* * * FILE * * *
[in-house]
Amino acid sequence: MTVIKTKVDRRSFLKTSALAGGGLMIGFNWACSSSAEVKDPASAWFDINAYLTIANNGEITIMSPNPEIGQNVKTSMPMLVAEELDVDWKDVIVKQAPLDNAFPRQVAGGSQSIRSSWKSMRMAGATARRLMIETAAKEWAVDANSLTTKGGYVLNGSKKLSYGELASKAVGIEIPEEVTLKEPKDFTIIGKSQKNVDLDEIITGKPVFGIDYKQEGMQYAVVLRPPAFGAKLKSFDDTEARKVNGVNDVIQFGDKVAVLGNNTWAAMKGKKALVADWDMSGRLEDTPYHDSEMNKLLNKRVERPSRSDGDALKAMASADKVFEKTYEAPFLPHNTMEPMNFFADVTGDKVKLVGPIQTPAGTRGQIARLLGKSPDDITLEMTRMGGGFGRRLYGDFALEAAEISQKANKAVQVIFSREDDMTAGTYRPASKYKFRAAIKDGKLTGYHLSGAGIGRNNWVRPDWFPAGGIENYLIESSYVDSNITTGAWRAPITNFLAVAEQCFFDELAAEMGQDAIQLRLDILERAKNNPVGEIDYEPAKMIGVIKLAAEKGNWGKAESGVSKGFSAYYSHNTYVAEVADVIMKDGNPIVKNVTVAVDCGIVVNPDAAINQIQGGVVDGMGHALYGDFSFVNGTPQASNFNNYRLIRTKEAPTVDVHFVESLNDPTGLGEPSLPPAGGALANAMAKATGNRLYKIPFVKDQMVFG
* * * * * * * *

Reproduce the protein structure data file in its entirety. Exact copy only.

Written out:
[in-house]
Amino acid sequence: MTVIKTKVDRRSFLKTSALAGGGLMIGFNWACSSSAEVKDPASAWFDINAYLTIANNGEITIMSPNPEIGQNVKTSMPMLVAEELDVDWKDVIVKQAPLDNAFPRQVAGGSQSIRSSWKSMRMAGATARRLMIETAAKEWAVDANSLTTKGGYVLNGSKKLSYGELASKAVGIEIPEEVTLKEPKDFTIIGKSQKNVDLDEIITGKPVFGIDYKQEGMQYAVVLRPPAFGAKLKSFDDTEARKVNGVNDVIQFGDKVAVLGNNTWAAMKGKKALVADWDMSGRLEDTPYHDSEMNKLLNKRVERPSRSDGDALKAMASADKVFEKTYEAPFLPHNTMEPMNFFADVTGDKVKLVGPIQTPAGTRGQIARLLGKSPDDITLEMTRMGGGFGRRLYGDFALEAAEISQKANKAVQVIFSREDDMTAGTYRPASKYKFRAAIKDGKLTGYHLSGAGIGRNNWVRPDWFPAGGIENYLIESSYVDSNITTGAWRAPITNFLAVAEQCFFDELAAEMGQDAIQLRLDILERAKNNPVGEIDYEPAKMIGVIKLAAEKGNWGKAESGVSKGFSAYYSHNTYVAEVADVIMKDGNPIVKNVTVAVDCGIVVNPDAAINQIQGGVVDGMGHALYGDFSFVNGTPQASNFNNYRLIRTKEAPTVDVHFVESLNDPTGLGEPSLPPAGGALANAMAKATGNRLYKIPFVKDQMVFG